(NorthrupGrumman) The search for dark matter recently received a boost from quantum technology. The two leading candidates are currently weakly interacting massive particles (WIMPs) and axions. Both these subatomic particles were proposed in the 1970s, but neither one has been proven to exist. But a new quantum breakthrough may provide an opening to unpack the mystery.
Recently, the search for axions gained speed by incorporating technology that was developed for quantum computers. This new approach was adopted for the HAYSTAC experiment, which stands for the Haloscope At Yale Sensitive to Axion CDM (cold dark matter). HAYSTAC was launched in 2010 to advance the search for axions and is a collaboration between Yale, the University of California, Berkeley and the University of Colorado Boulder. The first results from HAYSTAC were published in 2017. The dark matter detector was then rebuilt in 2018 to take advantage of new quantum-enhanced detection technologies, which led to a Nature publication in 2021.
The new HAYSTAC detector uses a microwave cavity held at a temperature near absolute zero (to decrease noise) and placed in a strong magnetic field. The detector takes advantage of the uncertainty principle by reducing the uncertainty of the X component of the cavity electromagnetic (EM) field by squeezing with a JPA. The squeezed X component is then amplified with a second JPA. If an axion field is present, it should displace the amplified squeezed state in a random direction.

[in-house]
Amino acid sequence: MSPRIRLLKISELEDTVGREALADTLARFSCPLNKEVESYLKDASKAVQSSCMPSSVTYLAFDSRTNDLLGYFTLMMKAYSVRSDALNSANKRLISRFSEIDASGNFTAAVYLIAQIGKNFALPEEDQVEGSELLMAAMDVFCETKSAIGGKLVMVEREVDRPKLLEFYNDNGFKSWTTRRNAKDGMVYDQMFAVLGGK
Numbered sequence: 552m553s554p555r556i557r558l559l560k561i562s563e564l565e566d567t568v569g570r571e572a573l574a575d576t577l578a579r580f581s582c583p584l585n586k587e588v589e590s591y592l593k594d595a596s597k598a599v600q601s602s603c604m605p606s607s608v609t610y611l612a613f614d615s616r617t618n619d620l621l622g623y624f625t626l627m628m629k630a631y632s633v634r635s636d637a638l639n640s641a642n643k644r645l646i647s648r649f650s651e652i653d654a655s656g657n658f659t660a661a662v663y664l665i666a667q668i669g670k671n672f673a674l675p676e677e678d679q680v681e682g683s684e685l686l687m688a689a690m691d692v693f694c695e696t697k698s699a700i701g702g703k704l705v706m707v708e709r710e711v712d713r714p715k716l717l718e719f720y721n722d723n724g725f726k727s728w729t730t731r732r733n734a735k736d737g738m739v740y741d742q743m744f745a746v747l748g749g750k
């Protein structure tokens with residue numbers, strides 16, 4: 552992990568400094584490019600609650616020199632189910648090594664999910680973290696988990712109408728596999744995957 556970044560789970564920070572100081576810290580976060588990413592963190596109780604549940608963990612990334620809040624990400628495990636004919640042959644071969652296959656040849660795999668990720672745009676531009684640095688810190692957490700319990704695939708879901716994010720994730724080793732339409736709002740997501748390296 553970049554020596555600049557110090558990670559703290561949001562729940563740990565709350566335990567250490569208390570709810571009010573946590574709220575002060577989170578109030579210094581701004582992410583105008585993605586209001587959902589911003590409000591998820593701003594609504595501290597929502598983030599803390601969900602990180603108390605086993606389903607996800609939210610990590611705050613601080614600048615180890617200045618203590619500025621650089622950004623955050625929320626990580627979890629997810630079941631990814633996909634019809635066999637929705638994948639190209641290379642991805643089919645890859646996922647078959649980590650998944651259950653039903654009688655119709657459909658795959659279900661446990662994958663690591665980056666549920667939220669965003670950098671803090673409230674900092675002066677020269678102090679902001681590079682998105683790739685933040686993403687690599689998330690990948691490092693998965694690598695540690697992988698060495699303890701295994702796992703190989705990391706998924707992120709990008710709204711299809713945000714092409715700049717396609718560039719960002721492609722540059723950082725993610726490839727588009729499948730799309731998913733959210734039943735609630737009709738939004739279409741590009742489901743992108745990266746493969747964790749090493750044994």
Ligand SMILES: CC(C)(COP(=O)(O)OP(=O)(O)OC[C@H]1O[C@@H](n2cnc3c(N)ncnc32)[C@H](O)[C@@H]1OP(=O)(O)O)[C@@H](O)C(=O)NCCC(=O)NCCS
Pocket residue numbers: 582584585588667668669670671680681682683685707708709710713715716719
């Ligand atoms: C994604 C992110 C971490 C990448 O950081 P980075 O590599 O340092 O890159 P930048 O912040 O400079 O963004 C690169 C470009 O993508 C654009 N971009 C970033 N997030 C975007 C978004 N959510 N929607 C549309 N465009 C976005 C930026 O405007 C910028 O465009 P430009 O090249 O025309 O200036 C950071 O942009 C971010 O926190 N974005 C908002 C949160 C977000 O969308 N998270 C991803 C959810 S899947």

“The detection process is based on detecting the weakly coupled oscillating axion field, rather than individual particles, since the axion is assumed to be many orders of magnitude lighter than the known standard-model particles and would be unlikely to be directly detectable as a particle,” explains Dr. Mike Fitelson, a consulting engineer for Northrop Grumman Mission Systems who was not involved in the study.